This was true in my case that I was transferred from PhD to MPhil, albeit my situation was rather difficult; I was in a PhD route for 3.5 years full time at Lancaster University and the sponsor company (a major water utility company) stopped communicating with me and my supervisor. As a result, my prototype was left untested in a real world scenario which was necessary for my PhD work as there is a requirement in producing innovative and original work. After a year of starting my PhD, I had a supervisor change resulting in a research area change resulting in a late panel 2 years down the line which didn't help either. The panel is a useful tool to know if you are being guided in the correct path and to know if you are getting along well with your supervisor as well as to see if you are producing work that is up to PhD/MPhil standard. If your work is not up to MPhil standard, they can altogether cancel your registration and you are out. I can't stress this enough; you should have your panel early in your PhD and never late. In my case, it was given late due to a supervisor change and that "I fell through the cracks of the system" and nothing could be done other than to make a formal complaint which I have already.

The panel concluded that I had enough work to do a PhD and decided to change my route from PhD to MPhil on the premise that I was running out of time and no funding available for me (I only had 6 months left of funding, but due to other circumstances, this went well beyond my defence and upto summer 2017 surviving on a TA salary which was less than £5000 pa). This was compounded with fears that I might leave with nothing. They did say that if got the MPhil, then perhaps I could use this as a stepping stone to a PhD and upgrade my work.

It took me 5 years to complete my "over bloated" MPhil and I decided not to pursue the PhD in my area due to difficulties with my current supervision - it is another long story. I feel I do have enough research skills to carry out research in other areas which are of interest to me.

To clarify whether the MPhil has any classes: no, it doesn't. It is purely research unless you are doing a professional Doctorate which have taught components with research. The MPhil is research work done at the same quality and academic rigour of a PhD, albeit shorter in length - hence why the MPhil is seen as a higher degree than an MSc by Research. The MPhil used to be the gold standard during the 60's and 70's for lectureships until requirements increased to have a PhD under your belt.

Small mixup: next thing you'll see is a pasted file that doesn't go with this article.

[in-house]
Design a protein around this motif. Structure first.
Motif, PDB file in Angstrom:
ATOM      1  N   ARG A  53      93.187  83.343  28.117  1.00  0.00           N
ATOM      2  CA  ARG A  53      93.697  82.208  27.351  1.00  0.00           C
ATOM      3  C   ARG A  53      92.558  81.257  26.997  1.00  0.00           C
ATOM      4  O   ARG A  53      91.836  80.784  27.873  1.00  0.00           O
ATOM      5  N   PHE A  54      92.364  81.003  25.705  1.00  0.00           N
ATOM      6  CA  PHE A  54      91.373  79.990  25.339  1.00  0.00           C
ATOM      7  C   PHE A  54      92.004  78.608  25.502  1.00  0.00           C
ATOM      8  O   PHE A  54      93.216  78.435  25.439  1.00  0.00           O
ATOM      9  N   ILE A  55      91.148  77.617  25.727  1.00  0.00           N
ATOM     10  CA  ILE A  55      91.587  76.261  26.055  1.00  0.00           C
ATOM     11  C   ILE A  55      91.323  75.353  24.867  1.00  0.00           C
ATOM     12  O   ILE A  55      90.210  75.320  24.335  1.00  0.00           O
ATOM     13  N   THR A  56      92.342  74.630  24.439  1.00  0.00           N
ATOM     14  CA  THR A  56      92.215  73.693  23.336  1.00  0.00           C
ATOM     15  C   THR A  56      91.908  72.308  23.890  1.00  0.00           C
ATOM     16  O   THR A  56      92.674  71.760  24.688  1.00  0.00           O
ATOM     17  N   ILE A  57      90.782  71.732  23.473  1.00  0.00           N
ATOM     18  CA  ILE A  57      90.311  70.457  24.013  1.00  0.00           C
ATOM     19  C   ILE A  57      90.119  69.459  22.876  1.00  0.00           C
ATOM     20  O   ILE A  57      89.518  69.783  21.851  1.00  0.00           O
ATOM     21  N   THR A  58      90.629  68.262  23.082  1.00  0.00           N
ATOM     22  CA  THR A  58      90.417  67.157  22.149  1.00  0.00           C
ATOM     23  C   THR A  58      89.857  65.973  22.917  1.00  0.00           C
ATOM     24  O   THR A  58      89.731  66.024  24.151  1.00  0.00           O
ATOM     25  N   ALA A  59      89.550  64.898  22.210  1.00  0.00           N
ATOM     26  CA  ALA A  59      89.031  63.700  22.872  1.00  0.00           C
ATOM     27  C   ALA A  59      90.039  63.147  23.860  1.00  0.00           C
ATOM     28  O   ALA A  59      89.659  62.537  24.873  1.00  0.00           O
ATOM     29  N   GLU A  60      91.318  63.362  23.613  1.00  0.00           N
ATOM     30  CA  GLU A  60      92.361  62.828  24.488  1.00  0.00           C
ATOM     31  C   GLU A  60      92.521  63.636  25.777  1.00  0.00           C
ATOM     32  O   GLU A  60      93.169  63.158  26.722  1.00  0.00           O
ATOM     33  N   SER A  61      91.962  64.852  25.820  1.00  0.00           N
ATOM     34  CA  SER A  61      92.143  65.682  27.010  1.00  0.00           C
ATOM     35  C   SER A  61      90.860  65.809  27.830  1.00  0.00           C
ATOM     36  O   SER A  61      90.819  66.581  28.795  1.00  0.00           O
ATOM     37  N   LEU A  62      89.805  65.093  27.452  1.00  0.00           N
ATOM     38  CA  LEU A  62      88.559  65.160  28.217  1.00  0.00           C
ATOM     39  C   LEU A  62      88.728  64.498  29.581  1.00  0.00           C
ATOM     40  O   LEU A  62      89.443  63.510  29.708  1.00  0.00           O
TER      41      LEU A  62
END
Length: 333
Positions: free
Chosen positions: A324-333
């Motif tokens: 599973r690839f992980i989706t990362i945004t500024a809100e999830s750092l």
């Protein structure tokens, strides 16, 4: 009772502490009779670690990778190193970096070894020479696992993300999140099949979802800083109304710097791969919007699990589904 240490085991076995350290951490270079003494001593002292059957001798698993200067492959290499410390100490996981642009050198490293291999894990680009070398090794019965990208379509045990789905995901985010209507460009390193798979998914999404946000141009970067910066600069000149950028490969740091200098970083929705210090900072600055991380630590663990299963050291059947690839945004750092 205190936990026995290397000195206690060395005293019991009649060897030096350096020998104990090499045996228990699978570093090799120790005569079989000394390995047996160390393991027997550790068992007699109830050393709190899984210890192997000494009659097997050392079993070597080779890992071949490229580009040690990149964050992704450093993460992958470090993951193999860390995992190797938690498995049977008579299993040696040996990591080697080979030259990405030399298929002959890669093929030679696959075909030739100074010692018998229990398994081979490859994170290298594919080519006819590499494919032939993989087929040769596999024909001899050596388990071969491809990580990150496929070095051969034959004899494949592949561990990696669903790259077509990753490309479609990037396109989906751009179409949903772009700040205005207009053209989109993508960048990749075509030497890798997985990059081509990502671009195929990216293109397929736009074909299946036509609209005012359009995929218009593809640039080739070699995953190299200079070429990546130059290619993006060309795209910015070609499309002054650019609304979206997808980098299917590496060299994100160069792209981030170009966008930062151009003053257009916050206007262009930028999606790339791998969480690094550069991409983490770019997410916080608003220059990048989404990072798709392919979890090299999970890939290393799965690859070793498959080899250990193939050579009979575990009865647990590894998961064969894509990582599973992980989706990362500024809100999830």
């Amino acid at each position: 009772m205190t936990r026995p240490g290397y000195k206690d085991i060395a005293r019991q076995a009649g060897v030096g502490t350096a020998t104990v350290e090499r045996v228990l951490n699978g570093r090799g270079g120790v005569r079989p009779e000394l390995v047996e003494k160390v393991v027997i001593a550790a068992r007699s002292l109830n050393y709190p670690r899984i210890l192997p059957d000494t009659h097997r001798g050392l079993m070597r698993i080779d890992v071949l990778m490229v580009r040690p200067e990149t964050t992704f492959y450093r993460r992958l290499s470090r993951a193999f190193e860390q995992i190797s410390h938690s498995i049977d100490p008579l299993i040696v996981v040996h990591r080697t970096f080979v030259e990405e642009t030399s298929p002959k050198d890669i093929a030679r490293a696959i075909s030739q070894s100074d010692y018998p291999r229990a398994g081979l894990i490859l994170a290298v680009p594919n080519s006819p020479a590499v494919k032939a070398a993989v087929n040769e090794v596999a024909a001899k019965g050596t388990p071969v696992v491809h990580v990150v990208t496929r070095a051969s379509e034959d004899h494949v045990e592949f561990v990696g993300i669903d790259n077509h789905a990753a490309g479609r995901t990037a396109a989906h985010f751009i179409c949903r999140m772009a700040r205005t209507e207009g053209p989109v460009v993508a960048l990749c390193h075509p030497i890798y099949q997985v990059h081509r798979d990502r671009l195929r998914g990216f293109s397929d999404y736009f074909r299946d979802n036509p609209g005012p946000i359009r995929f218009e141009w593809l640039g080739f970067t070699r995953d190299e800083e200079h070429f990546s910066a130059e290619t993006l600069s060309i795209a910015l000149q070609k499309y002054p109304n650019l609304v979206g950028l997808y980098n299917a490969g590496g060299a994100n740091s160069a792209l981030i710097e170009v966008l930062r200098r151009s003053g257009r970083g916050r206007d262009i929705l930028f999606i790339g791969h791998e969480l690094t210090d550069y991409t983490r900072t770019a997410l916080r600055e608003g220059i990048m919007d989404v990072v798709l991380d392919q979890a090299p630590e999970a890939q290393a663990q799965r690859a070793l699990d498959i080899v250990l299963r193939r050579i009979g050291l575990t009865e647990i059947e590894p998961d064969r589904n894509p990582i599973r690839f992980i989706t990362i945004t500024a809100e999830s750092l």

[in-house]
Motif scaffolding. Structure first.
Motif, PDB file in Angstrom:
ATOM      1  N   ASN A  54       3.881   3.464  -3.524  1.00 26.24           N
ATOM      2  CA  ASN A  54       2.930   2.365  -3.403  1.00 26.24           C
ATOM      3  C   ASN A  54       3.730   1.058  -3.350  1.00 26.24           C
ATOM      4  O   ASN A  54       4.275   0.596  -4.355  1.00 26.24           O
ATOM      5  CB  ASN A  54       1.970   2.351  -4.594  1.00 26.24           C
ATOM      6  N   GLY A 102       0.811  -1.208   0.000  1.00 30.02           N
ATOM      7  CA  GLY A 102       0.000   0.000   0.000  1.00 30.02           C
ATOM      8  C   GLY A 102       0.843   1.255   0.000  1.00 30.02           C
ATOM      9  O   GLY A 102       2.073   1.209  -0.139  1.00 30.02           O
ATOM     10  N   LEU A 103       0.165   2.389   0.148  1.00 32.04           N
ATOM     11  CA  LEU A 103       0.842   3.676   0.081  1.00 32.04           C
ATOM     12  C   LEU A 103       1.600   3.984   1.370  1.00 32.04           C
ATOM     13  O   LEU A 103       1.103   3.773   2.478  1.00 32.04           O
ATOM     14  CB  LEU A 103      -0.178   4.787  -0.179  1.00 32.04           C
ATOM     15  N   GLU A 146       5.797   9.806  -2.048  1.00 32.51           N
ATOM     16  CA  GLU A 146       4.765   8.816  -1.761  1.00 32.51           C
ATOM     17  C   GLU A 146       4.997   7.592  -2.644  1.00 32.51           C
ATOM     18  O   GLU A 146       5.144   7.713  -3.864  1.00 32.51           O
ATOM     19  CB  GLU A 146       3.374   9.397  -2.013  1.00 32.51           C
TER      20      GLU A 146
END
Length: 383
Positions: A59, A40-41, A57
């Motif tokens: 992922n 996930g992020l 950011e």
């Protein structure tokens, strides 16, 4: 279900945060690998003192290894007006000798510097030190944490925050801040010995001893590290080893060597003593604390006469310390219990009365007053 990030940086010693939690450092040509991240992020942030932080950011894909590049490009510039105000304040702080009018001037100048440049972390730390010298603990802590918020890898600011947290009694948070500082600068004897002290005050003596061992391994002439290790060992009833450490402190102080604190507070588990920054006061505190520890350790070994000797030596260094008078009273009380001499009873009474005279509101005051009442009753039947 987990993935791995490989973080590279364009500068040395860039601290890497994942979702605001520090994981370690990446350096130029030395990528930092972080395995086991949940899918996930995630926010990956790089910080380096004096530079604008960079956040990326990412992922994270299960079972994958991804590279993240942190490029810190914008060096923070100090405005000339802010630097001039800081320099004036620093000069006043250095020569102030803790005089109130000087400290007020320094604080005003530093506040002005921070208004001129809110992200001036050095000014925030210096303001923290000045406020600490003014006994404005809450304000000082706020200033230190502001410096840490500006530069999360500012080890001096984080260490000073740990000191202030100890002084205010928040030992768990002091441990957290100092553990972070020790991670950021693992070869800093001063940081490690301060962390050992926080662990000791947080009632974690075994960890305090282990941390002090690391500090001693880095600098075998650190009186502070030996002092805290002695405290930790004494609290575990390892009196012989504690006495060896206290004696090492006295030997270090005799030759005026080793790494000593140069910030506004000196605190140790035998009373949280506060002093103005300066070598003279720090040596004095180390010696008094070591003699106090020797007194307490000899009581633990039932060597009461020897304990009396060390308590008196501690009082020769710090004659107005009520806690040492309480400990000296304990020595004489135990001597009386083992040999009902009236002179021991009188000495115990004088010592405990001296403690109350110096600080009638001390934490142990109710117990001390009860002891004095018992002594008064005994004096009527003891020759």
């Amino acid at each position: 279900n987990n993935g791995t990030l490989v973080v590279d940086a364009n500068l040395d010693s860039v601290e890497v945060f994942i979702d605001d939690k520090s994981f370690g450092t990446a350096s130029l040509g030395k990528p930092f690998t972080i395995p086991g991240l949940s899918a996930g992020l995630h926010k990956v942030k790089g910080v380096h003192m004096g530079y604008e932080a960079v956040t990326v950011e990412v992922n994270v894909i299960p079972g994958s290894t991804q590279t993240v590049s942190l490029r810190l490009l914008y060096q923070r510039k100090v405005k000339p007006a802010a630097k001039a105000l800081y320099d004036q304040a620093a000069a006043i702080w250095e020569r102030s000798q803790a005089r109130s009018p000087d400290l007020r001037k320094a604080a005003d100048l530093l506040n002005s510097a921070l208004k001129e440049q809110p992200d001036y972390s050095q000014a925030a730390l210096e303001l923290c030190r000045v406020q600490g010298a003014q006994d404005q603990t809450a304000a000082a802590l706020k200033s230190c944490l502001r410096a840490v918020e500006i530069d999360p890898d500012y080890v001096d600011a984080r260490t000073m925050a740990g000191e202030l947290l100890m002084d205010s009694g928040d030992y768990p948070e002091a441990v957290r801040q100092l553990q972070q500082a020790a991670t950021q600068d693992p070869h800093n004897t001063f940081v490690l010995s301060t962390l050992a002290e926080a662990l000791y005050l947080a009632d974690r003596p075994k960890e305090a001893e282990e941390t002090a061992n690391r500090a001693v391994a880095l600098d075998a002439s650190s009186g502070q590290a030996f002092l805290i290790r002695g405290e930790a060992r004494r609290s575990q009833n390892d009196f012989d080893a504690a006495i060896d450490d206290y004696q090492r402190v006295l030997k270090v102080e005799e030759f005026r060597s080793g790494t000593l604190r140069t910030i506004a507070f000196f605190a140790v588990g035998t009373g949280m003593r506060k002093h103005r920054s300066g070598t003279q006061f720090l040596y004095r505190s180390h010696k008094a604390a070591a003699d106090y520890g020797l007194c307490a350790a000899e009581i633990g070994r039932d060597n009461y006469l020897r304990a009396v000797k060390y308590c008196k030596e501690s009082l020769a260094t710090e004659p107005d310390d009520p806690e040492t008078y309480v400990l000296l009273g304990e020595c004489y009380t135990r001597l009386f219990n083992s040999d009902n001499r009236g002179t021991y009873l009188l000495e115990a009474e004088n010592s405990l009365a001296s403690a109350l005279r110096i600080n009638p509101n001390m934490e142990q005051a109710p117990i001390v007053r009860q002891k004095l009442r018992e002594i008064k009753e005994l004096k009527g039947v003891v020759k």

Which is considered "more academic" or "more prestigious?"

From the Masters degrees, the MPhil as it is the highest Masters qualification that you can get before embarking on a PhD. I know people in my area who haven't got a PhD but have an MEng and produced academic output equivalent to that of a Professor with a PhD. Having research output and published by top ranking publishers is more prestigious in my opinion.

"Which one is better for a PhD?"

It depends on which subject you are studying; in computer science, you only need a BSc honours with a first class honours to enter the PhD route directly without requiring an MSc. Having an MRes or even better, an MPhil in a related area, would considerably boost your chances in succeeding. Other subjects like psychology would require an MRes to enter the PhD route depending on research areas.

  • 1
    This could be a helpful answer if the question were about MPhils at Lancaster, but as David Richerby rightly observes in a comment on the accepted answer the meaning of MPhil varies between British universities. As such, absolute statements like "It is purely research" are misleading. Sep 26, 2017 at 11:32
  • As I quote from a book written by E.Phillips, "How to get a PhD" p29,30. "A candidate for an MPhil must undertake an investigation but, compared to the PhD, the work may be limited in scope and the degree of originality... ...In a high quality MPhil, evidence is required of the ability to test ideas; understand appropriate techniques; make use of published work and source material; and show familiarity with different theories and empirical studies.". Therefore I do not see why my statement is misleading as a high quality MPhil is "purely by research".
    – J Linares
    Sep 27, 2017 at 12:49
  • That quote claims that all MPhils involve research, which may be true, but does not say that they are purely research. David Richerby's comment links to some counterexamples at a prestigious UK university. Sep 27, 2017 at 13:20
  • It depends on the context of the degree being awarded and this opens a new discussion, i.e. Which one is more prestigious, the academic PhD or a professional PhD? The difference is due to articles being published in trade or non academic peer review journal and the title awarded (DPsych, EdD, DProf). Thus, the qualification is seen as a watered down version of the PhD by certain groups. I would not expect a taught MPhil offered to students who would want an academic career. timeshighereducation.com/unijobs/article/…
    – J Linares
    Sep 27, 2017 at 14:17

Mphil is an interphase between MSc and PhD. I.e above MSc but below PhD. Masters program pose more importance to thesis. Mphil is usaully research based and that case higher than MSc.